Primed for the Proms;Subject of the week;Music and the arts

22nd October 1999 at 01:00
As the 25th anniversary of the Music for Youth Proms approaches, Nigel Williamson sees what it takes to play the Albert Hall.

It will start with a fanfare and end with a bang, as befits a 25th anniversary celebration. In between, more than 3,000 talented young performers from six to 21 will take part in the annual Music for Youth Schools Proms at the Royal Albert Hall, where the TES Millennium Anthem, by Debbie Wiseman and Don Black, will be performed by Cantate Youth Choir in the presence of the Prince of Wales, attending for the first time.

The Proms, which take place over the evenings of November 8-10, will also see the premi re of the Music For Youth Fanfare, composed for the anniversary by Christopher Slaski and performed by the Berkshire Youth Music Trust. The bang which ends the Proms will be the sound of the audience, under the direction of Richard Stilgoe, popping paper-bag "cannons" during Tchaikovsky's 1812 Overture, accompanied by the Egglescliffe School Orchestra.

Over the past 25 years the Schools Proms have showcased an impressive stream of young musical talent. But, just as importantly, they have been a testament to the dedication of music teachers, often working against the odds and with limited resources. Many have brought groups of talented students year after year, introducing new generations to the pleasures of music-making.

Keith Hewson, who conducts Egglescliffe School Orchestra, will be bringing his charges to the Proms for the 12th consecutive year. Over that time, choirs, brass bands and orchestras from the Stockton-on-Tees comprehensive have all appeared, and for the past six years the orchestra has won an outstanding performance award. "You build up a tradition and students prepare all year for it. But it's only possible if the kids are focused," Mr Hewson says. "Our pupils have got so much out of Music for Youth. It is the highlight of their musical year."

Mr Hewson has been head of music at Egglescliffe since 1979. His wife, Carol, joined him there 11 years ago and takes responsibility for choral work. Earlier this year the school of 1,200 pupils gained arts college status and the music department increased its staff to three. "Our new status is based on music and drama and involves making our expertise available to local junior schools, going out into the community and bringing young musicians through the system," says Mr Hewson. "Like everyone else we've been starved of funds for years so this has been tremendous for us." To win its new status Egglescliffe had to raise pound;100,000 (sponsorship from record company EMI accounted for half). The school also qualified for government funding of pound;500,000 over three years. Part of the money has gone towards a new music wing with expanded rehearsal space, a recording studio and seven practice rooms. The facility will open in January and will be shared with the local community.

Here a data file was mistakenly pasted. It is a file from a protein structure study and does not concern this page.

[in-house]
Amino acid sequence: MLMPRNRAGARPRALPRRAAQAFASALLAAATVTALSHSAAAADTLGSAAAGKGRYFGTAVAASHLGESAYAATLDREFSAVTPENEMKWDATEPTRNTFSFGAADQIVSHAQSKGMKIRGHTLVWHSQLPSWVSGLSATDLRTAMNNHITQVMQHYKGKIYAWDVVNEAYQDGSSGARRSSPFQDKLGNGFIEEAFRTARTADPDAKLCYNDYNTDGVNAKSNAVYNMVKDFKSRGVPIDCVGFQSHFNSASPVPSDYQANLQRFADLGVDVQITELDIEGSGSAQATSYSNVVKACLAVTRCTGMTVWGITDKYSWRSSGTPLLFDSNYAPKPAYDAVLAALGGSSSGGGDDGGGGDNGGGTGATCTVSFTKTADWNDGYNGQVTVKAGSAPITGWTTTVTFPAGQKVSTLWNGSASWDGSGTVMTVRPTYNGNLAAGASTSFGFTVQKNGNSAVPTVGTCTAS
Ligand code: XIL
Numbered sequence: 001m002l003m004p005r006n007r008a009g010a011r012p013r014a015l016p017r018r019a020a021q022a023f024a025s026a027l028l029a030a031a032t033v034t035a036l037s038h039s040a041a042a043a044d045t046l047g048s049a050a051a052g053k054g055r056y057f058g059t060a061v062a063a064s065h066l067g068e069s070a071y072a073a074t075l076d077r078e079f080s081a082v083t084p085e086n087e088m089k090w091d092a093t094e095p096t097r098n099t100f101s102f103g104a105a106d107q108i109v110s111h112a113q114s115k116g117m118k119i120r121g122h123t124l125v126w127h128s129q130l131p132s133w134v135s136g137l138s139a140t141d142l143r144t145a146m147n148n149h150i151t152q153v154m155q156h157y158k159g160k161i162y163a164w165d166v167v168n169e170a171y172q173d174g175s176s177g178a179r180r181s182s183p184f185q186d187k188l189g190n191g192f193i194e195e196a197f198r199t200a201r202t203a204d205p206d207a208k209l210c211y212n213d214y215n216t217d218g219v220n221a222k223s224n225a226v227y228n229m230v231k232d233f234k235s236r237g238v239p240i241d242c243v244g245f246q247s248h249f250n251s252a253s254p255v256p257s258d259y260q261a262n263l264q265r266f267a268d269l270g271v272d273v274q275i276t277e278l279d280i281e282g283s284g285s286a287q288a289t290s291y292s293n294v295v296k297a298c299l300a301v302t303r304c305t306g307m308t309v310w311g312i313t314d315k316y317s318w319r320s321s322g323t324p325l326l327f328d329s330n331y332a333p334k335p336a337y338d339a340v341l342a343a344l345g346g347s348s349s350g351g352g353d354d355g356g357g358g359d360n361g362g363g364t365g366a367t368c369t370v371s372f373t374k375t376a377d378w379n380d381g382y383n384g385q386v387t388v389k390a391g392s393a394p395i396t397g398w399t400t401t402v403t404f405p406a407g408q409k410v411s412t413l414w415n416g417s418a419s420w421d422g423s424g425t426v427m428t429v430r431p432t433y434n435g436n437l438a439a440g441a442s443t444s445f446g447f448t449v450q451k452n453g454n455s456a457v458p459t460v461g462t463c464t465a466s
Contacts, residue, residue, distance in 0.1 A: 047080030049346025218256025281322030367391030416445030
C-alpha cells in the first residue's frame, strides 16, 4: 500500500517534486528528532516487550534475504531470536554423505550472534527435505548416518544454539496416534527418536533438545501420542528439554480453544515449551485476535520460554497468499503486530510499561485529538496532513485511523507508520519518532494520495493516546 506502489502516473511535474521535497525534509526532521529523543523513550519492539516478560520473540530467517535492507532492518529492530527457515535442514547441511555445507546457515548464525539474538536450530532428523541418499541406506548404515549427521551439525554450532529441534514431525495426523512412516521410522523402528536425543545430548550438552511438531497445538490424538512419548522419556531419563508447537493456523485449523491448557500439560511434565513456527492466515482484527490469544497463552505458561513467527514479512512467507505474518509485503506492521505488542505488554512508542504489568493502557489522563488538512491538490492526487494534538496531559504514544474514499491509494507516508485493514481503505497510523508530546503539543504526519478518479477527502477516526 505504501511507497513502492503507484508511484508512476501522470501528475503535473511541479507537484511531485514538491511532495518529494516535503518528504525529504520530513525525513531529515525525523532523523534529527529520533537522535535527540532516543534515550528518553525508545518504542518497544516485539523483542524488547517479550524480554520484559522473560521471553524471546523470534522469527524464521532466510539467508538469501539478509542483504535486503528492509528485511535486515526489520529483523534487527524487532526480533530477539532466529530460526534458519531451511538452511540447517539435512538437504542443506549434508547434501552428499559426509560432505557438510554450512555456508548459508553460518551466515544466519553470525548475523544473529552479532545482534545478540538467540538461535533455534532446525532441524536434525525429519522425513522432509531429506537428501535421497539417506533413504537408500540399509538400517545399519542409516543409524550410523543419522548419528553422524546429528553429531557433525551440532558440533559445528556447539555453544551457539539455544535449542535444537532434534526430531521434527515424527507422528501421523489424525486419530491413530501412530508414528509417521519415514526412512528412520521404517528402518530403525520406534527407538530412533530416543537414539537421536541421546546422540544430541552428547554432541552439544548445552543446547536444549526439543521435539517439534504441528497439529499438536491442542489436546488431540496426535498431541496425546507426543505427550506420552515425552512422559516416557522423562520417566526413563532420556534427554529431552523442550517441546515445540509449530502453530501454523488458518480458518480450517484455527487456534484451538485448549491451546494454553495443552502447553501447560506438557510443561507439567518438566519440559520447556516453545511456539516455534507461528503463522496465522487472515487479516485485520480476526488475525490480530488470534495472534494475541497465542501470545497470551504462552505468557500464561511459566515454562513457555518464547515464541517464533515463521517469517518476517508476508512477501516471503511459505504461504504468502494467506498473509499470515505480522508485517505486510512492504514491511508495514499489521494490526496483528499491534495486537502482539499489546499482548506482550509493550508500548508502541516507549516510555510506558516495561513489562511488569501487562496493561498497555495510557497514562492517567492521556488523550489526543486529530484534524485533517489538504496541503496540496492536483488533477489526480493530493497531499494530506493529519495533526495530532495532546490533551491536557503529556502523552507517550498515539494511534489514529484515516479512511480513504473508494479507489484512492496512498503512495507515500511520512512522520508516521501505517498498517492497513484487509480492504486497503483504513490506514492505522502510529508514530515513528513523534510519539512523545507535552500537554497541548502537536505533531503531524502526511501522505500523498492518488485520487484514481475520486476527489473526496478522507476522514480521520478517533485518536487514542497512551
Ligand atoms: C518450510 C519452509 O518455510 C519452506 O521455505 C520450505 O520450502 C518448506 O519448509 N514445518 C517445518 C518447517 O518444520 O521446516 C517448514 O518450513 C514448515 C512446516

"We've appeared on the last night but never closed the Proms before, and I'm not sure how it is going to work," Mr Hewson says. "We were asked if the brass section is loud enough to compete with Richard Stilgoe and all his paper bags. But the orchestra will be about 100 strong so we should be all right."

At Longley Primary School in Sheffield, musical co-ordinator Virginia White has coached groups through to the Proms for nine consecutive years. "It's a small inner-city school with no musical resources to speak off," she says. "Most of our kids have never been to a concert, so when they perform at Music For Youth it is the first time they've been inside a concert hall. It has allowed them to explore a world which would otherwise have been closed to them."

The Longley project, called Vibration, is unusual in that it seeks to integrate music across the curriculum. Ms White teaches music two-and-a-half days a week and other subjects for the remainder. "We start with an idea and see where it goes. This year, because the topic was vibration, we started in the science area. Then it spread to other classes."

Few pupils can afford conventional instruments, so improvisation is the order of the day. "A few have lessons on brass or woodwind, but we have to find any instruments we can use. This year we got the children to bring in all kinds of household items. We ended up with an orchestra of paper and comb, hose pipes, elastic bands and goodness knows what else. Anything that vibrates is in there."

The pupils composed the music, then set about developing storylines and choreography in English and drama lessons to create a performance piece. Longley's Albert Hall performance intriguingly includes a piece called The Noise Police, composed by Year 6's Kyle Pickering.

"They proved so inventive and we learned a lot. Most of the children didn't realise space is silent because you need air to create sound. That was a revelation, so they wrote a piece called Outer Space," says Ms White. "They have been so energised by the project. It spread across the whole school and dovetailed into the rest of the curriculum."

The Music For Youth Schools Proms are sponsored by The TES, CGU, the National Union of Teachers and PJB Publications. A TES bursary of pound;1,000 will be presented to a promising young musician

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